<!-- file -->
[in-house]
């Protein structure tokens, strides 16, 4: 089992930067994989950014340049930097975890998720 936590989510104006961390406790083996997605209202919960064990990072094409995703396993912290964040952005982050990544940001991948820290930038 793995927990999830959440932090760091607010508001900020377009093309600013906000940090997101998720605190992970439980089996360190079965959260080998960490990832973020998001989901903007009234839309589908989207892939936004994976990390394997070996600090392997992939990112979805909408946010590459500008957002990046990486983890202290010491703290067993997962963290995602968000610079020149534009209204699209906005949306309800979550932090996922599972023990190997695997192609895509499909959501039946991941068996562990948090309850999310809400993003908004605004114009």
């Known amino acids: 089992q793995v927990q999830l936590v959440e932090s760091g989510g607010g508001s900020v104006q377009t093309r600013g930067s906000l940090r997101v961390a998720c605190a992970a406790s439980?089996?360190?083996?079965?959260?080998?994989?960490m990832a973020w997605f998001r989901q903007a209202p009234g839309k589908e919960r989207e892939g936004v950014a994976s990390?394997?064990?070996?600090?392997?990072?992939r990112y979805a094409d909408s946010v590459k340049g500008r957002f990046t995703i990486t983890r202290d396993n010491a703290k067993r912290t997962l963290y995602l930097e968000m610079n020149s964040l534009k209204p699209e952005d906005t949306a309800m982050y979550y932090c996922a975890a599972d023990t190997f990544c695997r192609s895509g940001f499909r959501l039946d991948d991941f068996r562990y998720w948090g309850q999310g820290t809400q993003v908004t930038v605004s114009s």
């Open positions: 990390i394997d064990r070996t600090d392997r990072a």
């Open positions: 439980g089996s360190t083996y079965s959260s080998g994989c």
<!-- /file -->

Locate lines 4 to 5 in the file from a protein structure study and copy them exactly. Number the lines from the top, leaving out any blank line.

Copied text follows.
């Open positions: 990390i394997d064990r070996t600090d392997r990072a």
């Open positions: 439980g089996s360190t083996y079965s959260s080998g994989c």